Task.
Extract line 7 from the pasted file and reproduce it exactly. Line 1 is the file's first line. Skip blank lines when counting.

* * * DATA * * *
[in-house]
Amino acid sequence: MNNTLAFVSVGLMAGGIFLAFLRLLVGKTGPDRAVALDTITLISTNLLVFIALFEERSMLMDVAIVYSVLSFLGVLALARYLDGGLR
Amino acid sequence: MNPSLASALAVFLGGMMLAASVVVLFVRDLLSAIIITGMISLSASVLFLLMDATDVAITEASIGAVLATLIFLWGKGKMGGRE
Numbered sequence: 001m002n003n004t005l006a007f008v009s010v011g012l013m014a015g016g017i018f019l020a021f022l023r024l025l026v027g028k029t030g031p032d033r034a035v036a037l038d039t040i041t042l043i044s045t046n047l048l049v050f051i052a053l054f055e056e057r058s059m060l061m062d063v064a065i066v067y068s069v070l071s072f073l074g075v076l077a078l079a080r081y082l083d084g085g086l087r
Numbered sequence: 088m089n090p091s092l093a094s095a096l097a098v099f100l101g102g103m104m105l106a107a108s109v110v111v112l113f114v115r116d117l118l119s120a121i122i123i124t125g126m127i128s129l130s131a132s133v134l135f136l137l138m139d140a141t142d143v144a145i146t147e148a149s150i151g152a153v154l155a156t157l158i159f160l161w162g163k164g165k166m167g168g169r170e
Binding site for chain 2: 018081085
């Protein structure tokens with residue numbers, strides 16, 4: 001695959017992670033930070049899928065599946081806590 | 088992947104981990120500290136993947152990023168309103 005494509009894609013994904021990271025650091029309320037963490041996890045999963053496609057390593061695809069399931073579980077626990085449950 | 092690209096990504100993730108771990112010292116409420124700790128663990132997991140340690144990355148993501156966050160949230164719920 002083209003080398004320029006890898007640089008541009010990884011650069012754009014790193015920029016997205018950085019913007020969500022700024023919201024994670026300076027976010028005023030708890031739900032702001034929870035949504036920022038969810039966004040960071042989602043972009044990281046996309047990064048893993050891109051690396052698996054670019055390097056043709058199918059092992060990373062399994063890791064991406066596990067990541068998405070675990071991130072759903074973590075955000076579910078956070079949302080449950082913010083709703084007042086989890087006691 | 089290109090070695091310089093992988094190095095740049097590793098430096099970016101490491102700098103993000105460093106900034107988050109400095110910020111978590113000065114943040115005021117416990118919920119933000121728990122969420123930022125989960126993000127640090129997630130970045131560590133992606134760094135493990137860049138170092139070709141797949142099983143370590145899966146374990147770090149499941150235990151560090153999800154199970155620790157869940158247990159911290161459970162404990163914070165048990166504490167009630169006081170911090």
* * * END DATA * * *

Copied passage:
């Protein structure tokens with residue numbers, strides 16, 4: 001695959017992670033930070049899928065599946081806590 | 088992947104981990120500290136993947152990023168309103 005494509009894609013994904021990271025650091029309320037963490041996890045999963053496609057390593061695809069399931073579980077626990085449950 | 092690209096990504100993730108771990112010292116409420124700790128663990132997991140340690144990355148993501156966050160949230164719920 002083209003080398004320029006890898007640089008541009010990884011650069012754009014790193015920029016997205018950085019913007020969500022700024023919201024994670026300076027976010028005023030708890031739900032702001034929870035949504036920022038969810039966004040960071042989602043972009044990281046996309047990064048893993050891109051690396052698996054670019055390097056043709058199918059092992060990373062399994063890791064991406066596990067990541068998405070675990071991130072759903074973590075955000076579910078956070079949302080449950082913010083709703084007042086989890087006691 | 089290109090070695091310089093992988094190095095740049097590793098430096099970016101490491102700098103993000105460093106900034107988050109400095110910020111978590113000065114943040115005021117416990118919920119933000121728990122969420123930022125989960126993000127640090129997630130970045131560590133992606134760094135493990137860049138170092139070709141797949142099983143370590145899966146374990147770090149499941150235990151560090153999800154199970155620790157869940158247990159911290161459970162404990163914070165048990166504490167009630169006081170911090």